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Int J Hyg Environ Health. 2006 Jul;209(4):317-24. Epub 2006 May 11.

Nosocomial respiratory syncytial virus infection: impact of prospective surveillance and targeted infection control.

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Children's Hospital, Medical Centre, University of Bonn, Adenauerallee, Germany.



Nosocomially acquired respiratory syncytial virus (RSV) infections cause serious problems in hospitalized patients. An increased effort should be made to describe the problems connected with such infections in pediatric hospitals, with the aim of reducing the occurrence of nosocomial RSV infections (NI).


A specialized database was introduced for surveillance and a multifaceted barrier concept based on the CDC recommendations was developed for the control of NI in a university children's hospital in Germany.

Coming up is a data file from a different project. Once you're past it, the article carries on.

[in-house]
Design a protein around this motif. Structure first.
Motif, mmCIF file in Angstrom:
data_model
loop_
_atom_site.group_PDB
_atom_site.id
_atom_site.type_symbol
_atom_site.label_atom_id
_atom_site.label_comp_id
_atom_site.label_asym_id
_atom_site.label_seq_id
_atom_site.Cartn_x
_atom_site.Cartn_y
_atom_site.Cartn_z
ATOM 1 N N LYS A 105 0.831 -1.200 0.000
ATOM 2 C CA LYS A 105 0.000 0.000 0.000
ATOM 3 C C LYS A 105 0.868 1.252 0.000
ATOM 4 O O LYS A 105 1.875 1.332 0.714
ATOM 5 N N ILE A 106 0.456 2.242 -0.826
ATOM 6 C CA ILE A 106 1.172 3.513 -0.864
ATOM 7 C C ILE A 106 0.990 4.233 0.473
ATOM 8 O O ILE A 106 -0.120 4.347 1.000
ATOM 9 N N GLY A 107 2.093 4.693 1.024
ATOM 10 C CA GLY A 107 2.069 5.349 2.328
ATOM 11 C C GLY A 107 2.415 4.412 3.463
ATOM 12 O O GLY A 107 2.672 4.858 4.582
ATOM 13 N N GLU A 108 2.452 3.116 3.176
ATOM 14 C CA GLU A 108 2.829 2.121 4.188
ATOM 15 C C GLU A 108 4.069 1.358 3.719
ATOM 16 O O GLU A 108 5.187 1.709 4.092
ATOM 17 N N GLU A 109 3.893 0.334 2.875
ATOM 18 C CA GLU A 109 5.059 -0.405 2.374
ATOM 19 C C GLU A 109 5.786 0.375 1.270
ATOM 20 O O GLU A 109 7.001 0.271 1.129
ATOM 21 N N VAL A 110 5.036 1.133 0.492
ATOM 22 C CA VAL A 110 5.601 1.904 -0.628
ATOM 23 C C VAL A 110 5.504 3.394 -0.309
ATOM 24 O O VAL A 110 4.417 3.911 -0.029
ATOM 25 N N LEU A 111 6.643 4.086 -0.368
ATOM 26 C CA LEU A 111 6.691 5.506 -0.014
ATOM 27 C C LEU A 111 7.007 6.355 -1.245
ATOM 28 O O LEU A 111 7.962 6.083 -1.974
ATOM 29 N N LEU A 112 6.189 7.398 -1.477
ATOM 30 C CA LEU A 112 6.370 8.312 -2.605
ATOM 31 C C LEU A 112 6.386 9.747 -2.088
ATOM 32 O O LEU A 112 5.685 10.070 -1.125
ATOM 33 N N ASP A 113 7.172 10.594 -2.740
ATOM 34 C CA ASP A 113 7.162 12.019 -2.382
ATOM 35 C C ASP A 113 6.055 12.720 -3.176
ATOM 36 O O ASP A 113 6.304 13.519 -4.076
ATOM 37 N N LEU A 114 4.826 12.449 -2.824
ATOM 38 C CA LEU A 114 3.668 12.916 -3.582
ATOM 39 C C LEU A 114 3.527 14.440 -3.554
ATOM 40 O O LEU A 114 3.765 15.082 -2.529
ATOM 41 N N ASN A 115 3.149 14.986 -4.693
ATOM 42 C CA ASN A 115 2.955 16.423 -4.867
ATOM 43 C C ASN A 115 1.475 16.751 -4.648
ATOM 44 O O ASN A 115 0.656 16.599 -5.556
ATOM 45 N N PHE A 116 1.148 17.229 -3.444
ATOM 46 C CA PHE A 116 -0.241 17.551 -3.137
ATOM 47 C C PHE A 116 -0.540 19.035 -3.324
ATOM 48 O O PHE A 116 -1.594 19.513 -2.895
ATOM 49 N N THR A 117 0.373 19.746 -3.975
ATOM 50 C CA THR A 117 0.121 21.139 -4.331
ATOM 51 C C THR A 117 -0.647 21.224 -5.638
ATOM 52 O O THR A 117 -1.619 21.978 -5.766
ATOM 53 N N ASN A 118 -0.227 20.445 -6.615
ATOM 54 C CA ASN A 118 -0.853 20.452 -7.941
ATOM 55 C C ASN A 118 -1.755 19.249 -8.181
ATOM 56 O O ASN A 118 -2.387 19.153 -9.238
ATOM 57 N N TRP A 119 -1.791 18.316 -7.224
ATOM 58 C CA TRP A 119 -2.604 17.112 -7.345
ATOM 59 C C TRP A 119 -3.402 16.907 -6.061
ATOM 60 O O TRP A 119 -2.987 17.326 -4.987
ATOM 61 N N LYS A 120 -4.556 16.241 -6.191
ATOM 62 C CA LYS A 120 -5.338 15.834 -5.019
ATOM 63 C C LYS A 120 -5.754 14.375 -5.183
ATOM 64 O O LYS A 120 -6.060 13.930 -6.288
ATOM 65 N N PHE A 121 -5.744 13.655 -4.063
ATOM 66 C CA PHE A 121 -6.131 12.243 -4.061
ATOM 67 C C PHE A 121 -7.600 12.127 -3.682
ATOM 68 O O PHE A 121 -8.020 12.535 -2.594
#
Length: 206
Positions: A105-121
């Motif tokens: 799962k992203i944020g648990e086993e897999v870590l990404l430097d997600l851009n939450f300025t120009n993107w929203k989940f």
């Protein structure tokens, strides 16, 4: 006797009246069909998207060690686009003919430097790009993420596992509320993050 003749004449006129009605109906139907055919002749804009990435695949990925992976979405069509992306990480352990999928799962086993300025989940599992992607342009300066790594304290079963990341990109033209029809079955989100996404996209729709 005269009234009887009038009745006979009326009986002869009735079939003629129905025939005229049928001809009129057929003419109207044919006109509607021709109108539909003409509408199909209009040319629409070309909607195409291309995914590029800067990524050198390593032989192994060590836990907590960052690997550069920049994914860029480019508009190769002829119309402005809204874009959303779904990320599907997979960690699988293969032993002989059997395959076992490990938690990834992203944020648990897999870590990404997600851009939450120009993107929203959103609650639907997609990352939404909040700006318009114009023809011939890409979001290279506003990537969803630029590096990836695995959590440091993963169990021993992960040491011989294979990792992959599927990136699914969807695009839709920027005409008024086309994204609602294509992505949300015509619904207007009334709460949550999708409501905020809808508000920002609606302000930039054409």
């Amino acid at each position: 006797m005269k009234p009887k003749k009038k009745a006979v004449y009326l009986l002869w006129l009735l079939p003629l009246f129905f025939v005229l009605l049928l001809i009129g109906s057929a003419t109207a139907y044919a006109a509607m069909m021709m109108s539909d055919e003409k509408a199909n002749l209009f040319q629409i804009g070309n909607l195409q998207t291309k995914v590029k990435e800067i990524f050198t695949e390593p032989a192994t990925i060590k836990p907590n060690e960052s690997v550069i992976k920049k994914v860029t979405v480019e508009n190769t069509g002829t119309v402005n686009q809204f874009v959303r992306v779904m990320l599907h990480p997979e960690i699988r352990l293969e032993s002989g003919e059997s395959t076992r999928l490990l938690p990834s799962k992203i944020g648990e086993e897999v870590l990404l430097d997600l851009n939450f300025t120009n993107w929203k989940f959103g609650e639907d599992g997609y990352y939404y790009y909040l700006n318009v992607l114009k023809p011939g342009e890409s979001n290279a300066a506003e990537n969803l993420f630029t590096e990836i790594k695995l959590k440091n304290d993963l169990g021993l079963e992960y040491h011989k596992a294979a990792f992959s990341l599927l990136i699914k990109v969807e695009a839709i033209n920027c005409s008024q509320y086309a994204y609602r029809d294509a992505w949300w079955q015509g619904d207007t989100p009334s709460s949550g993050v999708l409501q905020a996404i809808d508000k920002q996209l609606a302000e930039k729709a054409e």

Between 1999 and 2002 (November 1-April 30), 283 RSV infections (general population) were prospectively documented. Thirty-nine cases (13.8%) were nosocomial infections (NI) with an incidence density (ID) of 0.99/1000 patient days; 48.7% of all NI were found in prematurely born infants. Following the introduction of a surveillance and prevention policy, a 9-fold decrease of the ID (1.67 vs. 0.18/1000 patient-days) was found when comparing the first and the last season. Intensive care treatment was required in 18% of all documented RSV-infections, in 48.7% of all NI cases and in 43.5% of all RSV-infected prematurely born infants. Overall RSV-related mortality was 0.71%.


Early diagnosis, a strict cohorting and contact isolation policy, and prospective surveillance contribute to the reduction of nosocomial RSV infection.

[Indexed for MEDLINE]

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